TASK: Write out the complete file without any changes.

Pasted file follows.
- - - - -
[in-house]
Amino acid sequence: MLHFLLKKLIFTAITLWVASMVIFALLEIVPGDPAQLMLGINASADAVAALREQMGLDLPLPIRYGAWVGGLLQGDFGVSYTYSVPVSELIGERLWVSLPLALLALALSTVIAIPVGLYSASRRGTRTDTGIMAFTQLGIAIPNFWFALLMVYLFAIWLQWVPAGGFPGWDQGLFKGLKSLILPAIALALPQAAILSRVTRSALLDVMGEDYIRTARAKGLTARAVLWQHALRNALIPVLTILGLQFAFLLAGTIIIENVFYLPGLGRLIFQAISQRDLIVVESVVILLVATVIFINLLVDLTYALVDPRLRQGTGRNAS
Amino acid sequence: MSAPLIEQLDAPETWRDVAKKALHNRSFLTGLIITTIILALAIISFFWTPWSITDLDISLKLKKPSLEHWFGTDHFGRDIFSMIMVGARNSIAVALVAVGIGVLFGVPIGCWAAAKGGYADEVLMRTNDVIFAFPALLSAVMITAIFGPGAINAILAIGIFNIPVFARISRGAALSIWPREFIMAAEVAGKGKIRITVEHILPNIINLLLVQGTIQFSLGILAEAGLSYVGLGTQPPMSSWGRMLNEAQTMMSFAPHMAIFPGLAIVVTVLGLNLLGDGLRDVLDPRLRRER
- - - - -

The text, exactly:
[in-house]
Amino acid sequence: MLHFLLKKLIFTAITLWVASMVIFALLEIVPGDPAQLMLGINASADAVAALREQMGLDLPLPIRYGAWVGGLLQGDFGVSYTYSVPVSELIGERLWVSLPLALLALALSTVIAIPVGLYSASRRGTRTDTGIMAFTQLGIAIPNFWFALLMVYLFAIWLQWVPAGGFPGWDQGLFKGLKSLILPAIALALPQAAILSRVTRSALLDVMGEDYIRTARAKGLTARAVLWQHALRNALIPVLTILGLQFAFLLAGTIIIENVFYLPGLGRLIFQAISQRDLIVVESVVILLVATVIFINLLVDLTYALVDPRLRQGTGRNAS
Amino acid sequence: MSAPLIEQLDAPETWRDVAKKALHNRSFLTGLIITTIILALAIISFFWTPWSITDLDISLKLKKPSLEHWFGTDHFGRDIFSMIMVGARNSIAVALVAVGIGVLFGVPIGCWAAAKGGYADEVLMRTNDVIFAFPALLSAVMITAIFGPGAINAILAIGIFNIPVFARISRGAALSIWPREFIMAAEVAGKGKIRITVEHILPNIINLLLVQGTIQFSLGILAEAGLSYVGLGTQPPMSSWGRMLNEAQTMMSFAPHMAIFPGLAIVVTVLGLNLLGDGLRDVLDPRLRRER